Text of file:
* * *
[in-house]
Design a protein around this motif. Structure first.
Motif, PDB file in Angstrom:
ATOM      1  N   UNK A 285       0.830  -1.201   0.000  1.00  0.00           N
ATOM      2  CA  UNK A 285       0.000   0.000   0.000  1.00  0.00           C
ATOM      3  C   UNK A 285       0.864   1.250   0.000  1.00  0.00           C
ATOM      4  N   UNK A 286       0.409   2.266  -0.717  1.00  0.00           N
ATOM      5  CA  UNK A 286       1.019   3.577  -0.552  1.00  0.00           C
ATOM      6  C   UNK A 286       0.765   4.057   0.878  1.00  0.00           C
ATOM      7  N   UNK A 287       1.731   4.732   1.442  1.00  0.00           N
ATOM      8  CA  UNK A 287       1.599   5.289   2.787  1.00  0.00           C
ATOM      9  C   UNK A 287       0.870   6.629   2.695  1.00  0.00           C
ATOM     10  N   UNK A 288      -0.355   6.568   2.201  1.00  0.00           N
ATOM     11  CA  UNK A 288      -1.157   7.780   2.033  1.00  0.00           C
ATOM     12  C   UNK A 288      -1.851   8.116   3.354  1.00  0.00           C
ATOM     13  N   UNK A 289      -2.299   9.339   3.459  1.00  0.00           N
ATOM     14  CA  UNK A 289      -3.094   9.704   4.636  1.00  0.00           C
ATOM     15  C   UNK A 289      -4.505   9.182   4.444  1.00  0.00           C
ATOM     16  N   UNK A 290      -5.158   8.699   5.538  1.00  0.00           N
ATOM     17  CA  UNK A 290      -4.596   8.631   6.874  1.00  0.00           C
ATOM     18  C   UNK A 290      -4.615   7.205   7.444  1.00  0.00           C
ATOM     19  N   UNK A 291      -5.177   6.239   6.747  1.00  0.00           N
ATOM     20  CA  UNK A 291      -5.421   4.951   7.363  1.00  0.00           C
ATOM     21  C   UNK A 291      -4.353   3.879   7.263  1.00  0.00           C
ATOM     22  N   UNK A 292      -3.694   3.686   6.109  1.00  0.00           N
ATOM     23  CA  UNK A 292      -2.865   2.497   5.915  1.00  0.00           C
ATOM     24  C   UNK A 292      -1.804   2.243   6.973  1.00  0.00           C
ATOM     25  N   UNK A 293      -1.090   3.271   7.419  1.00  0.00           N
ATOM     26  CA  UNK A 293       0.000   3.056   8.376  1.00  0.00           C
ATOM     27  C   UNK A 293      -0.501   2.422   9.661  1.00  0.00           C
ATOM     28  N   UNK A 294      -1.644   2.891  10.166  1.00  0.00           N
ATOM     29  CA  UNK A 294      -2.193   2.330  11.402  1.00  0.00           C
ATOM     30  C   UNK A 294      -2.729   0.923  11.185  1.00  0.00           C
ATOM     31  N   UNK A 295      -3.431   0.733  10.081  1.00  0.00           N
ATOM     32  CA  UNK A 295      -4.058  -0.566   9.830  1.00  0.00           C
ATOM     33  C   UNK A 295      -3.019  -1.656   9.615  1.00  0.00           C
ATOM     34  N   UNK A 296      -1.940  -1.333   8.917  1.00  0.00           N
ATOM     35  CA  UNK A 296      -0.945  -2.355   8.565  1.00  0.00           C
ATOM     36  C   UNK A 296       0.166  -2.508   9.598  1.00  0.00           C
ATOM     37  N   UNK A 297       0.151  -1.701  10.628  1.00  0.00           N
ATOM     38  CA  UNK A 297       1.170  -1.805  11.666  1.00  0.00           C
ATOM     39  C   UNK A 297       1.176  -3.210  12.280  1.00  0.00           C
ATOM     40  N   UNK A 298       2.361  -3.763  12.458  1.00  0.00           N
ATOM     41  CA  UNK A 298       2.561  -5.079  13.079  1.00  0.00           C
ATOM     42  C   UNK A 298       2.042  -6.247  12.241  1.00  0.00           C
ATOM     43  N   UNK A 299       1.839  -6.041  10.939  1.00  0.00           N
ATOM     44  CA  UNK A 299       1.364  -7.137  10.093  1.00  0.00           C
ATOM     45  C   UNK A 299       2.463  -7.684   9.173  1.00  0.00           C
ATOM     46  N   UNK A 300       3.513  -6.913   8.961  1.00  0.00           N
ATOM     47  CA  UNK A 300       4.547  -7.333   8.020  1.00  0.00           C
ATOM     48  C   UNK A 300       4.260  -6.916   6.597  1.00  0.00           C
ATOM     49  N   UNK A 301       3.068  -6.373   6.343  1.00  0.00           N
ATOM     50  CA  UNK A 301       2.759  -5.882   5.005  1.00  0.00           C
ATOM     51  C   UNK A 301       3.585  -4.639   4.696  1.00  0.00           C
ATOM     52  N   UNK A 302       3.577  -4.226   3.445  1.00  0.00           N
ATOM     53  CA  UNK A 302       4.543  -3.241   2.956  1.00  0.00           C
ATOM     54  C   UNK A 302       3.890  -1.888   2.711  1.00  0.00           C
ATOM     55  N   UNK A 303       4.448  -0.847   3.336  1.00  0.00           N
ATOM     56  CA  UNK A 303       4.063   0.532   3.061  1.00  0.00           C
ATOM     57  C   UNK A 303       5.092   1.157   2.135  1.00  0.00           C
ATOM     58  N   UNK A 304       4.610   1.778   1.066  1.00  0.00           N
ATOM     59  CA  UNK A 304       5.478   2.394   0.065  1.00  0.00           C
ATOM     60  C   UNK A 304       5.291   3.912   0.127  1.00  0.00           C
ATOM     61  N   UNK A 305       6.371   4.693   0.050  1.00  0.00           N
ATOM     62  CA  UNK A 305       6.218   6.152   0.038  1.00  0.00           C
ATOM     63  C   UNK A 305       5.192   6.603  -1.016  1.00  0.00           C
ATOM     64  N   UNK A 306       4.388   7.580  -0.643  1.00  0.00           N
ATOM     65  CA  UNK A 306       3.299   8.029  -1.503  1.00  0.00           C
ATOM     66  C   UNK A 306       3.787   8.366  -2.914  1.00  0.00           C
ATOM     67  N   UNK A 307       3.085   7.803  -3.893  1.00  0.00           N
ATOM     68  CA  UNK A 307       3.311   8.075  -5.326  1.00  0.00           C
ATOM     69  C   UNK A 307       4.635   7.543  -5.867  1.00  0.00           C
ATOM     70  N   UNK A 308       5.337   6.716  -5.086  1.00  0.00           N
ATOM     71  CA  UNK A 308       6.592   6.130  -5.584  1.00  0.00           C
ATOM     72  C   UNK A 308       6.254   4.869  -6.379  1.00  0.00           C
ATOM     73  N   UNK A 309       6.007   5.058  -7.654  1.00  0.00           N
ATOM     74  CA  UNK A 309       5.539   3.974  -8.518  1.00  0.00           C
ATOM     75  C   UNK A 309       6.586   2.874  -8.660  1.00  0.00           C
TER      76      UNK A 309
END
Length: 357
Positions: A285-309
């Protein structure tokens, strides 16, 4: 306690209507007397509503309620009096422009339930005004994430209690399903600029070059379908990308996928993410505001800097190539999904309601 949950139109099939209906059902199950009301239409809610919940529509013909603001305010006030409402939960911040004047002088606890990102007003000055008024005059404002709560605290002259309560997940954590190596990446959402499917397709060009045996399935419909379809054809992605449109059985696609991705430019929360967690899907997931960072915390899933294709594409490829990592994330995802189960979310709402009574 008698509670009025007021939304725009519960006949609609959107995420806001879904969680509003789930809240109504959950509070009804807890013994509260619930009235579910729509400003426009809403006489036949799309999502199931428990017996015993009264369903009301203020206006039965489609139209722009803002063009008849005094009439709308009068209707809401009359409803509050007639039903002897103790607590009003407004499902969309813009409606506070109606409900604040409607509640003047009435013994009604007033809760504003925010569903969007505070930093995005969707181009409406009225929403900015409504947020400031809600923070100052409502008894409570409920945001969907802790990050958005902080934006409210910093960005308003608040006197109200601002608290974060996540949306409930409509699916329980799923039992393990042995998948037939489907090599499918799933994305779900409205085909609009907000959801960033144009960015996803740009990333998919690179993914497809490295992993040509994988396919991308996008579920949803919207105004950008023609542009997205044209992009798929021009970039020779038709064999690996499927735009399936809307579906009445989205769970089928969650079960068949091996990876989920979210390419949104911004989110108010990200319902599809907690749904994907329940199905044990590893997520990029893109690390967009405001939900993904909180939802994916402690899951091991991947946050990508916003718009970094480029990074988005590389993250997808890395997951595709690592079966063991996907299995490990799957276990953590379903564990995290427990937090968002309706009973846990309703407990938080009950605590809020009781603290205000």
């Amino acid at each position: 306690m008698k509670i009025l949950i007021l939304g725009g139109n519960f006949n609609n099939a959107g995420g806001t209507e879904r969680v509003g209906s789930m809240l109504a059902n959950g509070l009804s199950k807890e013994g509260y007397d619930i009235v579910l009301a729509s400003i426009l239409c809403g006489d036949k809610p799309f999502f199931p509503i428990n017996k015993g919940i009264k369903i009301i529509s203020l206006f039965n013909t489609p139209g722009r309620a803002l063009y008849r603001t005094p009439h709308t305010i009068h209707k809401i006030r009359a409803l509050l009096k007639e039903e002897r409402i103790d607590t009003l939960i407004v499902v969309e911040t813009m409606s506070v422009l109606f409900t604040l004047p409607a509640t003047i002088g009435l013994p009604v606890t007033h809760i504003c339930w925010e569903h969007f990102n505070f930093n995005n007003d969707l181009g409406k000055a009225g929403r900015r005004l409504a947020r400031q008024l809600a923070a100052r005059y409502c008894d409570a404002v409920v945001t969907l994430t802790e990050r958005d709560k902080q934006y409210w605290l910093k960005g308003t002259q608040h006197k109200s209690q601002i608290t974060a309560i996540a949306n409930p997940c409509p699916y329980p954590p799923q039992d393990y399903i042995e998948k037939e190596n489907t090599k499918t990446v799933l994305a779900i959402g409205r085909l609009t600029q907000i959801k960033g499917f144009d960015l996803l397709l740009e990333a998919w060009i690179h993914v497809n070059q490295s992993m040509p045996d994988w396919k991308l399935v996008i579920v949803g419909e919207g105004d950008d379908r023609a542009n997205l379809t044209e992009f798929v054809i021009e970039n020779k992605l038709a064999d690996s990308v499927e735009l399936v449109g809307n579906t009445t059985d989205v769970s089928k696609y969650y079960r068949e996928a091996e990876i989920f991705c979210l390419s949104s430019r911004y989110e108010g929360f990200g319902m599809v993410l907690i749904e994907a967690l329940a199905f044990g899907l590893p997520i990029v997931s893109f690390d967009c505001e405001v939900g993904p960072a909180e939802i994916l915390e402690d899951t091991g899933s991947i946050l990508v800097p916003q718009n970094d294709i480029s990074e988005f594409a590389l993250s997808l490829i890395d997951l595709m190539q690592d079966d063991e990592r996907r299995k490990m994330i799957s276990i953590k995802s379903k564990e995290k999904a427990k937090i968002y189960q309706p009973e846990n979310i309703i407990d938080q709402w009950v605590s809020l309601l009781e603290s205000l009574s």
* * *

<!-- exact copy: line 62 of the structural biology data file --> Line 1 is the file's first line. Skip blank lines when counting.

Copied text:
ATOM     59  CA  UNK A 304       5.478   2.394   0.065  1.00  0.00           C